India's Navy Has a Problem: An Aircraft Carrier Shortage

July 11, 2018 Topic: Security Region: Asia Blog Brand: The Buzz Tags: IndiaChinaNavyAircraft CarrierMilitaryTechnologyWorld

India's Navy Has a Problem: An Aircraft Carrier Shortage

And it won't get better anytime soon. 

India’s second homegrown aircraft carrier is being further delayed, according to media reports.

On July 9th, the trade publication IHS Jane’s reported that India will no longer commission its second indigenous aircraft carrier (IAC-2) in the 2030-2032 timeframe as it was previously scheduled to do.

According to the report, the delay is “due to steadily declining budgets, technological hurdles, and, above all, enduring delays by the Ministry of Defence (MoD) in approving the program.”

Similarly, the local media outlet, Rediff News, reported on the same day that owing to declining budgets “national security planners are reluctant to green light crucial power projection platforms, notably India's second indigenous aircraft carrier (IAC-2), which should have already been under construction to join the fleet by about 2030.”

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It was not immediately clear when IAC-2 is now scheduled to be commissioned, or if a date has been set at all. Even if there is a target date it will remain extremely tentative until actual progress is seen.

As both reports make clear, one of the major challenges involves funding. According to Rediff, the Indian Navy’s share of the military budget is 15.5 percent, down from 19 percent in the 2010-2011 fiscal year.

This decline in naval spending comes despite top Indian leaders, including Prime Minister Narendra Modi, stressing the centrality of the maritime domain to India’s national security. Moreover, the Navy’s Maritime Capability Perspective Plan for 2012-2027 called on the nation to field three aircraft carriers. This would enable Delhi to have one deployed on each coast with the other undergoing maintenance or being kept in reserve.

In reality, India will only have one carrier for the vast majority of the foreseeable future. Since March 2017, when it decommissioned its second 23,900-ton Centaur-class carrier, the Indian Navy has only had one carrier, the 44,000-ton Kiev-class carrier INS Vikramaditya , a refurbished Soviet-era carrier.

As IHS Jane’s points out, INS Vikramaditya was supposed to be supplemented this year or next by India’s first indigenously built aircraft carrier. Not surprisingly, this has been pushed back considerably.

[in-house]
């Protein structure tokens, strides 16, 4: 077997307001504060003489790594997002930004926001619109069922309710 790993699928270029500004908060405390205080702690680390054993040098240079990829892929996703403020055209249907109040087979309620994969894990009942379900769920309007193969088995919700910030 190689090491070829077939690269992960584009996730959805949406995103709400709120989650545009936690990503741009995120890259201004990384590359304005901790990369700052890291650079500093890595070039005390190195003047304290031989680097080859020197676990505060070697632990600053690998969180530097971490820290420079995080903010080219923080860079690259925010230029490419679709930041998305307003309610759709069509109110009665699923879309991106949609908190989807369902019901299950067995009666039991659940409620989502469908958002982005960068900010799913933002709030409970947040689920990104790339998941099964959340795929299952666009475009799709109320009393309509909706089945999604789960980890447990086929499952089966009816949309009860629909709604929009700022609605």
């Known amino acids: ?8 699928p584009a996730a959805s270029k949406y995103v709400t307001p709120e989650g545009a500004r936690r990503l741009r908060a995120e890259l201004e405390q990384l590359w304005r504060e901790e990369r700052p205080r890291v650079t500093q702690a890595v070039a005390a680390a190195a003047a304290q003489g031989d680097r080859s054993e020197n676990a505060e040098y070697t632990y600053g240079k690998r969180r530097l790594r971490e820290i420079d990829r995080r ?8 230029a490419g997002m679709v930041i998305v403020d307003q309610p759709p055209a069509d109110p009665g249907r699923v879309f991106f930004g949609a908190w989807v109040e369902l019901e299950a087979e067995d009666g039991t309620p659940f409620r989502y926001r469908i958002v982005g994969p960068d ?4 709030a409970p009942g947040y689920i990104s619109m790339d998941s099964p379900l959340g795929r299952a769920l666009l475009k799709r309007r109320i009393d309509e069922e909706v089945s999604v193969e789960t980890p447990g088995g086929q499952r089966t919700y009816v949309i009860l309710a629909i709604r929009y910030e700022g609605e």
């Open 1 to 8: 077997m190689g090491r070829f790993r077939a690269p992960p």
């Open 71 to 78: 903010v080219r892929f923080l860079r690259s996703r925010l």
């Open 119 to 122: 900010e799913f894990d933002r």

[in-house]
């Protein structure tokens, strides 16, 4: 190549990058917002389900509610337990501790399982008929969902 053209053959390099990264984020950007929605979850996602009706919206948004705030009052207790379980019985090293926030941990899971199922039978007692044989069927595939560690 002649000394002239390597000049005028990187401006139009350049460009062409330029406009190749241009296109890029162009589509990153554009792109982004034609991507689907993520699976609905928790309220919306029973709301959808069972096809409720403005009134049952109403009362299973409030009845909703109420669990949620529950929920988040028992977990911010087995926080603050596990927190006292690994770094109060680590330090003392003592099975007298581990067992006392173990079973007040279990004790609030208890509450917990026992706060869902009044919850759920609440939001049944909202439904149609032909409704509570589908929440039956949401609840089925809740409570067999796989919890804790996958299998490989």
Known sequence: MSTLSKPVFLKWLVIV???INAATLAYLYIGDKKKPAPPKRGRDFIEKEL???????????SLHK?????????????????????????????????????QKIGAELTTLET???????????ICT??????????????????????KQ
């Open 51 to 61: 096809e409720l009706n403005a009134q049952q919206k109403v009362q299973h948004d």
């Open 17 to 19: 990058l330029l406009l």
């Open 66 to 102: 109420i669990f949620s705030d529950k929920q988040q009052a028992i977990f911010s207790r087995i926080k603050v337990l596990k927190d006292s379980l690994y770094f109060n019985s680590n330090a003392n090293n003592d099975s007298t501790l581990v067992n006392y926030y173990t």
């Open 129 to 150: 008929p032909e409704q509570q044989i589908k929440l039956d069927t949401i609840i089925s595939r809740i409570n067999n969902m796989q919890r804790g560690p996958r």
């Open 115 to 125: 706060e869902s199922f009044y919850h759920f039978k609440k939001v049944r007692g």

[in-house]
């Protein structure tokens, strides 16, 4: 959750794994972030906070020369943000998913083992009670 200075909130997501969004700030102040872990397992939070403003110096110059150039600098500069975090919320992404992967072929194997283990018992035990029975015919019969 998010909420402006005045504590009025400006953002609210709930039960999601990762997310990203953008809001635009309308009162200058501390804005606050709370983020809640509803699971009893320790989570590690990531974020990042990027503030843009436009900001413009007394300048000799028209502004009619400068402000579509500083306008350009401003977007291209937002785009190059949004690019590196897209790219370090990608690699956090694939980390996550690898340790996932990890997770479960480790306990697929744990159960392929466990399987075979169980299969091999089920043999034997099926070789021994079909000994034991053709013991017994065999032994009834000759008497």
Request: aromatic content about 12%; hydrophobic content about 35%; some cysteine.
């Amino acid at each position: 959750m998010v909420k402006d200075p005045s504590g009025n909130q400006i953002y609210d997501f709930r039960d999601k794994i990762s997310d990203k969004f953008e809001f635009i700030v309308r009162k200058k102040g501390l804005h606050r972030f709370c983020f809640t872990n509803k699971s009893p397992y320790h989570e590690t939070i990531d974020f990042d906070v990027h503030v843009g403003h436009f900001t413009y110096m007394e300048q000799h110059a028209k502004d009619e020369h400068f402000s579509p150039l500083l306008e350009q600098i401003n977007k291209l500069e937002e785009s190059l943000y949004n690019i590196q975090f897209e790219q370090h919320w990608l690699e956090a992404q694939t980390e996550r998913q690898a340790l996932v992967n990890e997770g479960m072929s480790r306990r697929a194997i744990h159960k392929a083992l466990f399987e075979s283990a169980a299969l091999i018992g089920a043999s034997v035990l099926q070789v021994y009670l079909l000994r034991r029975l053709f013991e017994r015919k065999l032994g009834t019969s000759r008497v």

Last year a “highly placed source” told India’s Financial Express : “The Indian Navy’s first indigenous aircraft carrier INS Vikrant is scheduled to roll out from the Cochin Shipyard by 2021-23, almost eight years late.”

One should expect much of the same for IAC-2. Besides funding issues, the project has also suffered from bureaucratic inefficiencies.

For instance, the Financial Express report quoted the highly placed source as saying that “[A] three-member committee that was formed by former defense minister Manohar Parrikar for formulating specifications, costing and aircraft for the carrier has now been disbanded.” More recent reports suggest that the committee might soon be revived.

Part of the issue is that there have been disagreements about how ambitious of an aircraft carrier to build. For instance, the Indian Navy had long advocated for the vessel to be nuclear-powered. These plans have faltered and now the carrier is set to be powered by an integrated electric propulsion system. This is similar to the type of system China’s next carrier is expected to use.

The Indian Navy has also wanted the second homegrown carrier to have a CATOBAR (catapult assisted take-off but arrested recovery) configuration. All of India’s previous carriers, as well as its first homegrown one, have had a STOBAR (short take-off but arrested recovery) configuration.

Besides allowing for a greater variety of aircraft, planes operating from a CATOBAR carrier can carry more weapons and extra fuel for longer trips. They can also use much larger airborne early warning aircraft to protect the ship.

Additionally, CATOBAR carriers can launch aircraft at a faster rate. Thus, they can project more power more quickly with better protection than STOBAR carriers.

Under current plans India’s second homegrown carrier will indeed have a CATOBAR configuration. In fact, America appears willing to provide India with a state-of-the-art electromagnetic aircraft launch system (EMALS). EMALS boast a number of advantages over the steam catapult systems most CATOBAR carriers use.

IAC-2 is also expected to be extremely large, at least compared to India's first homegrown carrier. As IHS Jane's notes, it is expected to displace 65,000-70,000 tons, and carry 50-60 planes and helicopters.

But this comes with an equally large price tag than IHS Jane’s projects at $11.65-13 billion (it’s unclear if this estimate includes maintenance and operation costs, although it likely does). The question is whether India is willing to foot this bill and, if so, when?

There are alternatives. For instance, David Brewster recently argued in the Lowy Interpreter that the money for the carrier would be better spent building up India's capabilities on various islands, especially the Andaman and Nicobar (A&N) Islands. In a sense, these would serve as “unsinkable carriers,” albeit immobile ones.

Zachary Keck ( @ZacharyKeck) is a former managing editor of The National Interest.